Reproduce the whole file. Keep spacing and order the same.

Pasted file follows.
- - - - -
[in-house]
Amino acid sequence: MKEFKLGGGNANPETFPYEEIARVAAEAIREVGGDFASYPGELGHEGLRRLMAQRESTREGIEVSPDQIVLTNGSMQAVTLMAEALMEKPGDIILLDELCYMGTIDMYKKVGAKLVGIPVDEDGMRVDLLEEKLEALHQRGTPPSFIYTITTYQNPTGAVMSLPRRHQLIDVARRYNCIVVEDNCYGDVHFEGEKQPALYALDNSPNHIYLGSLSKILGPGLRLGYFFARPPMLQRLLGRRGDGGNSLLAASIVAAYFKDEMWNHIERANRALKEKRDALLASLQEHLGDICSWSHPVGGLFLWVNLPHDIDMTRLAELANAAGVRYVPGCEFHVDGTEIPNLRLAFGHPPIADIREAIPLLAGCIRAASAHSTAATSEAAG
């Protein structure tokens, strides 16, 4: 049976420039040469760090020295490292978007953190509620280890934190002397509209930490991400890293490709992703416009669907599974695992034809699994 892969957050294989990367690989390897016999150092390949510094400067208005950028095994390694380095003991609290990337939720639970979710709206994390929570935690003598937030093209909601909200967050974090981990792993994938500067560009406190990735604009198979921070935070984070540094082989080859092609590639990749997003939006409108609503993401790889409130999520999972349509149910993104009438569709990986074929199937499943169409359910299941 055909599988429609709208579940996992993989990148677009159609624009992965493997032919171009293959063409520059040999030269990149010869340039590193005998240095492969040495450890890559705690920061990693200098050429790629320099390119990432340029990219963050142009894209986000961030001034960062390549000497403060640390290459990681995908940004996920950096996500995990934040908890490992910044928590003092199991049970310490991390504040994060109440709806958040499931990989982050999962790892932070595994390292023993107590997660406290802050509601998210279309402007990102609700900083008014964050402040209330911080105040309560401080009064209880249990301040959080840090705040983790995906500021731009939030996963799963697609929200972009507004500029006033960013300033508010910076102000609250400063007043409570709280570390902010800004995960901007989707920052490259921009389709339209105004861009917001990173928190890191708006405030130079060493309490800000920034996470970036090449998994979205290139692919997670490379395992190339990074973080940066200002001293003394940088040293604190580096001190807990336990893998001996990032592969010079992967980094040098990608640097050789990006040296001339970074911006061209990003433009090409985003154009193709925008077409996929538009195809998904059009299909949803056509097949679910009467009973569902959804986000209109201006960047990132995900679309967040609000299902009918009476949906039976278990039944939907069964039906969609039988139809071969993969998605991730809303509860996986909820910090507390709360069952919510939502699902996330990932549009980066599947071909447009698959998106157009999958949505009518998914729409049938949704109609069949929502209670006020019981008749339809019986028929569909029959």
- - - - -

[in-house]
Amino acid sequence: MKEFKLGGGNANPETFPYEEIARVAAEAIREVGGDFASYPGELGHEGLRRLMAQRESTREGIEVSPDQIVLTNGSMQAVTLMAEALMEKPGDIILLDELCYMGTIDMYKKVGAKLVGIPVDEDGMRVDLLEEKLEALHQRGTPPSFIYTITTYQNPTGAVMSLPRRHQLIDVARRYNCIVVEDNCYGDVHFEGEKQPALYALDNSPNHIYLGSLSKILGPGLRLGYFFARPPMLQRLLGRRGDGGNSLLAASIVAAYFKDEMWNHIERANRALKEKRDALLASLQEHLGDICSWSHPVGGLFLWVNLPHDIDMTRLAELANAAGVRYVPGCEFHVDGTEIPNLRLAFGHPPIADIREAIPLLAGCIRAASAHSTAATSEAAG
């Protein structure tokens, strides 16, 4: 049976420039040469760090020295490292978007953190509620280890934190002397509209930490991400890293490709992703416009669907599974695992034809699994 892969957050294989990367690989390897016999150092390949510094400067208005950028095994390694380095003991609290990337939720639970979710709206994390929570935690003598937030093209909601909200967050974090981990792993994938500067560009406190990735604009198979921070935070984070540094082989080859092609590639990749997003939006409108609503993401790889409130999520999972349509149910993104009438569709990986074929199937499943169409359910299941 055909599988429609709208579940996992993989990148677009159609624009992965493997032919171009293959063409520059040999030269990149010869340039590193005998240095492969040495450890890559705690920061990693200098050429790629320099390119990432340029990219963050142009894209986000961030001034960062390549000497403060640390290459990681995908940004996920950096996500995990934040908890490992910044928590003092199991049970310490991390504040994060109440709806958040499931990989982050999962790892932070595994390292023993107590997660406290802050509601998210279309402007990102609700900083008014964050402040209330911080105040309560401080009064209880249990301040959080840090705040983790995906500021731009939030996963799963697609929200972009507004500029006033960013300033508010910076102000609250400063007043409570709280570390902010800004995960901007989707920052490259921009389709339209105004861009917001990173928190890191708006405030130079060493309490800000920034996470970036090449998994979205290139692919997670490379395992190339990074973080940066200002001293003394940088040293604190580096001190807990336990893998001996990032592969010079992967980094040098990608640097050789990006040296001339970074911006061209990003433009090409985003154009193709925008077409996929538009195809998904059009299909949803056509097949679910009467009973569902959804986000209109201006960047990132995900679309967040609000299902009918009476949906039976278990039944939907069964039906969609039988139809071969993969998605991730809303509860996986909820910090507390709360069952919510939502699902996330990932549009980066599947071909447009698959998106157009999958949505009518998914729409049938949704109609069949929502209670006020019981008749339809019986028929569909029959």